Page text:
We closed a satisfying four-week run of Proof with a matinee performance last Sunday. After striking the set and restoring the theater to black emptiness (a state of infinite possibility), we gathered at the BBQ joint around the corner for another demolition project, this one internal. A variation of the old Tootsie Pop question: how many beers does it take to get to the center of an actor after the play is done? I'm sure it depends on the actor-- after all, some don't drink anything stronger than cranberry juice-- but even a smart owl might have a hard time saying how we slip in and out of character while remaining perfectly, distinctly ourselves. A very smart owl might say we don't. We can't play at another self without allowing the self that's playing to blur and be altered. An actor's working philosophy and methods may encourage her to close the distance with her character or maintain a critical detachment, but there's no safe distance: she can't avoid getting touched, bruised, stained by the experience she shares with her fictional counterpart. Her work partly consists in deliberate failures of integrity.
There are many stories of "method"-oriented actors getting lost in the emotional and psychological wilds of the fictions they inhabit. I caught a cautionary glimpse of one famous disintegration back in 1989, when I saw Daniel Day-Lewis play Hamlet at the National Theatre in London. It was an extraordinary, incandescent performance, also-- quite palpably-- a risky one. Day-Lewis appeared to have only a fingernail's hold on common reality, and the ground was eroding fast. A little more than a week after the show I saw, during one of Hamlet's encounters with the Ghost, Day-Lewis experienced what he later described in an interview with Simon Hattenstone as "a very vivid, almost hallucinatory moment in which I was engaged in a dialogue with my father" (who had been dead for years). Day-Lewis left the stage and never returned, but this did not finally register with him as a professional failure. On the contrary, he counts it an unusual success: "To me, it was like a natural conclusion to the job I was doing. If I hadn't arrived at that centre of confusion, I would have probably felt a sense of disappointment." He's nonetheless clear on the cost: "I don't think I had a breakdown, but I daresay I wasn't that far from it. I broke myself down."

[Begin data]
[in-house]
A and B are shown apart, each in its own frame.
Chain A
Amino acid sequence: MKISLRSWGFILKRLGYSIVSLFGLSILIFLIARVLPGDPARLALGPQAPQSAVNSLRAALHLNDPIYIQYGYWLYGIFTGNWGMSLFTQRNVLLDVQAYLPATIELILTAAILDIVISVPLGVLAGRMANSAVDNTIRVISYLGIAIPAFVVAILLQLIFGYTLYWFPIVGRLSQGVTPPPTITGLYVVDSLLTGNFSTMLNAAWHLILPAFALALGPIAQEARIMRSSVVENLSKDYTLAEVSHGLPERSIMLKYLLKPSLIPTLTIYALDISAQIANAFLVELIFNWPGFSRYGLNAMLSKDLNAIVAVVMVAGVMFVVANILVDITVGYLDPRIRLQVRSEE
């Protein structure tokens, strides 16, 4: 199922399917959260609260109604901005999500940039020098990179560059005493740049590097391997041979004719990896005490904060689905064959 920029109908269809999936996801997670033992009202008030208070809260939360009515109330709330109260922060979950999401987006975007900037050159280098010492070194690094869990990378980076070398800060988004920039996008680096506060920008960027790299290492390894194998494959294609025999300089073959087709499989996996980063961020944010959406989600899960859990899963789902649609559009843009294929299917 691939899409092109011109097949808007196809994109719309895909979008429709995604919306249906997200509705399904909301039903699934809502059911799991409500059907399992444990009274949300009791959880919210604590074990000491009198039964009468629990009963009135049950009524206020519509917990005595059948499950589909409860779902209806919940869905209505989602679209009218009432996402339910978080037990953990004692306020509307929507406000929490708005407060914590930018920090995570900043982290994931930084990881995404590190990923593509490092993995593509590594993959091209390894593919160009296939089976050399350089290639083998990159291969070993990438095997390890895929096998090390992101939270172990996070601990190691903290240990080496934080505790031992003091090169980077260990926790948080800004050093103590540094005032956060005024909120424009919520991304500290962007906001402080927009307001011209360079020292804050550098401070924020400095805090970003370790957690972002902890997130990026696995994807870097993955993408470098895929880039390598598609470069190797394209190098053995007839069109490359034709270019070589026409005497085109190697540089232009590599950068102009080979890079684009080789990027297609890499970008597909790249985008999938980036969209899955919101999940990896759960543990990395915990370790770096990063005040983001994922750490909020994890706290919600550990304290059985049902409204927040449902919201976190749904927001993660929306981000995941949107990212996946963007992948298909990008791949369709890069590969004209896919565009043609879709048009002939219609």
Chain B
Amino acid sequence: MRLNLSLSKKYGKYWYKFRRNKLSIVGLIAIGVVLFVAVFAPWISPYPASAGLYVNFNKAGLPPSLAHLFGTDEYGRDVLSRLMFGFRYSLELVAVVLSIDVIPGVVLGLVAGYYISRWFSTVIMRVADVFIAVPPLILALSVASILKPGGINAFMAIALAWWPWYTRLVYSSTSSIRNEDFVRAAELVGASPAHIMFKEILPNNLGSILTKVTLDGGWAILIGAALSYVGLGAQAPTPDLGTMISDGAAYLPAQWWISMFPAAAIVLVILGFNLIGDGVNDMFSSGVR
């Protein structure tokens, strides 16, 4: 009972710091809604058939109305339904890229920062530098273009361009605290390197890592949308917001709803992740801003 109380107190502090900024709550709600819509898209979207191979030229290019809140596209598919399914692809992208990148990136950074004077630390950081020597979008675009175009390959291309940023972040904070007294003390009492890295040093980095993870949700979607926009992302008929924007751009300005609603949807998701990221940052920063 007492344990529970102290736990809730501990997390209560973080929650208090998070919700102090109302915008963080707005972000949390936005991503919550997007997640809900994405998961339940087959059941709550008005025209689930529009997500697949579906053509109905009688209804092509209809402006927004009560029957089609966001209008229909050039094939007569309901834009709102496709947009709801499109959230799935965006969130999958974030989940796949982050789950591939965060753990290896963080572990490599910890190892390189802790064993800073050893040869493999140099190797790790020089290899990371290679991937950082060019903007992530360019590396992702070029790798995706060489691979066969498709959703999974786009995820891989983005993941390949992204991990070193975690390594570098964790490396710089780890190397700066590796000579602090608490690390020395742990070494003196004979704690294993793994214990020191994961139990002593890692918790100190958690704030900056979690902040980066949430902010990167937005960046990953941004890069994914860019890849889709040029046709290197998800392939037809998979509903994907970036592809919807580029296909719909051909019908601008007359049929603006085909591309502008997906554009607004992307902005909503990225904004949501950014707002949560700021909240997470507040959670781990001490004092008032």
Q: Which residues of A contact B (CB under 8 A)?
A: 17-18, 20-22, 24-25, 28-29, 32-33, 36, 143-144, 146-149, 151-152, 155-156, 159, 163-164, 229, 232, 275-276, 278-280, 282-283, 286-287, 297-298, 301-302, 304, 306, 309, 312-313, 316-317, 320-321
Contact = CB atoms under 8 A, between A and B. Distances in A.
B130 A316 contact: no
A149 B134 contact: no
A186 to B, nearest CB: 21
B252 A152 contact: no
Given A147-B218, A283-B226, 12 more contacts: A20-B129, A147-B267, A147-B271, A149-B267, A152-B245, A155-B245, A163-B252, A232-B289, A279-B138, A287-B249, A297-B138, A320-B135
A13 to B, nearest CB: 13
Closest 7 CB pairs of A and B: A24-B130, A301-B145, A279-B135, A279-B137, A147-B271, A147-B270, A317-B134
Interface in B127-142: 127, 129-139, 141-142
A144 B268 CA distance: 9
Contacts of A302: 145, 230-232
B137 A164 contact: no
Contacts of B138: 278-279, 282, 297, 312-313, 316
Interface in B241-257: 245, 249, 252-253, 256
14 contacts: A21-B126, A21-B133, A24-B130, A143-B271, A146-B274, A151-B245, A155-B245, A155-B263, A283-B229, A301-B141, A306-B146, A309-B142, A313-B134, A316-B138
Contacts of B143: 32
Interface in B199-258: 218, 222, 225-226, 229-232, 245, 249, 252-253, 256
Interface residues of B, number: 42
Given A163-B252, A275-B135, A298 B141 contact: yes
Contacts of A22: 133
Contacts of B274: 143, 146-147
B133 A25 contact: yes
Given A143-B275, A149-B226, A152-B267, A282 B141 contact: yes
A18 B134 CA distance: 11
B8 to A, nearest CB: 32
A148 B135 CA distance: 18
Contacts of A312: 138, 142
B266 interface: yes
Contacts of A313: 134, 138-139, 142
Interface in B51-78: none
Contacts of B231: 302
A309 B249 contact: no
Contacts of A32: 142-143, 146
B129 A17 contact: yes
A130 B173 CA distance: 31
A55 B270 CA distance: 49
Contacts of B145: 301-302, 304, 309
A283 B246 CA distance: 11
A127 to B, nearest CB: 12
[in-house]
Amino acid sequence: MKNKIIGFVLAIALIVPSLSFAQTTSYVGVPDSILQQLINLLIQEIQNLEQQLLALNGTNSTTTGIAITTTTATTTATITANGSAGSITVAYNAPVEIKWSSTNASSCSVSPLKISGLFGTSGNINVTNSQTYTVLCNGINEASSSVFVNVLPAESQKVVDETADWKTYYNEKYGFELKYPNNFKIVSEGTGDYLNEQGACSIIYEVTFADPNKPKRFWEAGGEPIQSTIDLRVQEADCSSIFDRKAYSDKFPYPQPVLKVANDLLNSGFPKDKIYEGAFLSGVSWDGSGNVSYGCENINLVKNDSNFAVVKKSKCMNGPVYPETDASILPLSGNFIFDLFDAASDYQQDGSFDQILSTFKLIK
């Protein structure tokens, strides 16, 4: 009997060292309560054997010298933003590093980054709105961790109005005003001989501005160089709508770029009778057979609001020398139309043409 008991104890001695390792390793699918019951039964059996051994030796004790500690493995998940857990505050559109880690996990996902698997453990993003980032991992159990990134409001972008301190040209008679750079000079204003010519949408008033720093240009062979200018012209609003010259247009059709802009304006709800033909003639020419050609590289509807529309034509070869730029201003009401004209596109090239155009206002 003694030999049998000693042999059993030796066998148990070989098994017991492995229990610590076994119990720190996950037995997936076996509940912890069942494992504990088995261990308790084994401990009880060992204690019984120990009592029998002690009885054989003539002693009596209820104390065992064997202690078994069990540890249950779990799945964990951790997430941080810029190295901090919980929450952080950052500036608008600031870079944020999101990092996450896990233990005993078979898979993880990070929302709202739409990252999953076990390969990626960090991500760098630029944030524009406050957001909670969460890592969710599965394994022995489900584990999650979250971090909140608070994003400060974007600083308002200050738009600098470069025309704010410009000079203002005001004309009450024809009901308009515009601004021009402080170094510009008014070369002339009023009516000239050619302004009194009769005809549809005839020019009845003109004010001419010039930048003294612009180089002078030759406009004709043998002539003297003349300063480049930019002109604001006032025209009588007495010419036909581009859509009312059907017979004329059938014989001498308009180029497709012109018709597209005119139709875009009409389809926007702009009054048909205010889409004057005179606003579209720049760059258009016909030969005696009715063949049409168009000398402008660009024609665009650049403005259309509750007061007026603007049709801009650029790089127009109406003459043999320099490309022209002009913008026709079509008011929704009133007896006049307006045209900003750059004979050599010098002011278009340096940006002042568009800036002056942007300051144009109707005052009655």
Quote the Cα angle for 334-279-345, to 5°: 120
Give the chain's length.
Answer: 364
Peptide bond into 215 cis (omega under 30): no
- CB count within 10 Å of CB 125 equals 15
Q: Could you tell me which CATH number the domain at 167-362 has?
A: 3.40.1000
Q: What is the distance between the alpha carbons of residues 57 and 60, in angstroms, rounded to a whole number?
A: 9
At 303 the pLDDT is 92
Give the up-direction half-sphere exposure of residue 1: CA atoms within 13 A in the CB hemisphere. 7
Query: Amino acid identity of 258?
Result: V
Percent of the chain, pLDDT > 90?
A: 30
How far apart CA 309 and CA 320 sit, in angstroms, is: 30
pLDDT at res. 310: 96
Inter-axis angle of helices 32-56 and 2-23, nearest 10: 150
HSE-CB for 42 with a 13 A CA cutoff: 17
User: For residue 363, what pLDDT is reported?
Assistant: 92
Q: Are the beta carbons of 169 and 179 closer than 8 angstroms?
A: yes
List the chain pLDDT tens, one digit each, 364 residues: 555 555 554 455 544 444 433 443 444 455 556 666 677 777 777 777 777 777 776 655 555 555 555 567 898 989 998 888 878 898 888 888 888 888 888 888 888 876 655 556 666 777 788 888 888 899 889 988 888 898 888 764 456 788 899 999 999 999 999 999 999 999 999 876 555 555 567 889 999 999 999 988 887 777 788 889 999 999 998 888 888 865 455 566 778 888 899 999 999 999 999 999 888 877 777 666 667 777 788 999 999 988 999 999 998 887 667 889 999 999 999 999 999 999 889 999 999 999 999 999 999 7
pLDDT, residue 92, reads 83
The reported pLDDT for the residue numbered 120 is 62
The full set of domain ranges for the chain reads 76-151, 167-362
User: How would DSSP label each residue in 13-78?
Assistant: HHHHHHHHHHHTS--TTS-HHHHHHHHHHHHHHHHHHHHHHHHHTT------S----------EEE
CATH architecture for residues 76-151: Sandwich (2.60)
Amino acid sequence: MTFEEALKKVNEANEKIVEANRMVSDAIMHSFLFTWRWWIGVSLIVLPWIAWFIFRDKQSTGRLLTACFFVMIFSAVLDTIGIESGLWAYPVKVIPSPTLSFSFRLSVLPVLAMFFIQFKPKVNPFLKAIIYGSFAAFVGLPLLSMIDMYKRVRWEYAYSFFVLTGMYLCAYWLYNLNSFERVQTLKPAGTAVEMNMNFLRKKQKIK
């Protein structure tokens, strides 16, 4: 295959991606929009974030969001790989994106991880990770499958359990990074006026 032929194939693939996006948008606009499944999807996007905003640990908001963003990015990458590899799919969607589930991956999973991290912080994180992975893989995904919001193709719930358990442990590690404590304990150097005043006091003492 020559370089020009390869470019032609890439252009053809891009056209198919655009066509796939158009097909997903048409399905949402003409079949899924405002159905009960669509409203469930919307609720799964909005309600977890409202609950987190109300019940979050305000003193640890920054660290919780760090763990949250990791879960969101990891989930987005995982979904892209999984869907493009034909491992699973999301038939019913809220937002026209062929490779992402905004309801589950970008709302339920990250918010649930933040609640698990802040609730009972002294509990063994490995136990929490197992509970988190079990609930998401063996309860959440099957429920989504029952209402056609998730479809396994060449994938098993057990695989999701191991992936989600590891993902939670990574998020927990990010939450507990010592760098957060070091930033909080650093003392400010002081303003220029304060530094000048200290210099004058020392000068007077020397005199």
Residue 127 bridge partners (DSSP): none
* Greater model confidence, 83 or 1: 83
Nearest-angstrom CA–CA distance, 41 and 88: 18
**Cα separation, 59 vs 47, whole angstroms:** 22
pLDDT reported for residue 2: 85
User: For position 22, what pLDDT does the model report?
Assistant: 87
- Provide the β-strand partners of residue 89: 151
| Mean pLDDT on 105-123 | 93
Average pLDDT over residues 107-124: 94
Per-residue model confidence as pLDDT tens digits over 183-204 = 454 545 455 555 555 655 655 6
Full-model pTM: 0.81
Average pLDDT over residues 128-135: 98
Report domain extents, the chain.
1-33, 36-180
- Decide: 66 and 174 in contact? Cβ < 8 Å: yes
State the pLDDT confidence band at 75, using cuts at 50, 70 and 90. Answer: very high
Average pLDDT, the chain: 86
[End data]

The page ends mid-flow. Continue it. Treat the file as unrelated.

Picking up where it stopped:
That open courtship of confusion marks out the reckless (though in many cases highly disciplined) end of the broad spectrum of acting methodologies. At the other? Brechtian alienation? Mametian ventriloquism? It could be any approach that discourages emotional identification between actor and character as a dangerous or distracting indulgence. Unfortunately for those who would like to keep their selves whole and clean, even the "merely" muscular habitation of an alien persona may resonate inward.
Consider a recent bit of research out of Italy, as reported in New Scientist. In a study of patients with "locked-in" syndrome, unable to move anything but their eyes, Luigi Trojano discovered that they had great difficulty (relative to a control group) interpreting the emotional content of facial expressions. Trojano speculates that we depend for our understanding of others' emotions on our ability to mimic them physically... which supports the further speculation that muscular imitation conjures emotion. A scientifically tenuous proposition at present, but it accords with the experience of actors and others whose masks shape and reshape their faces.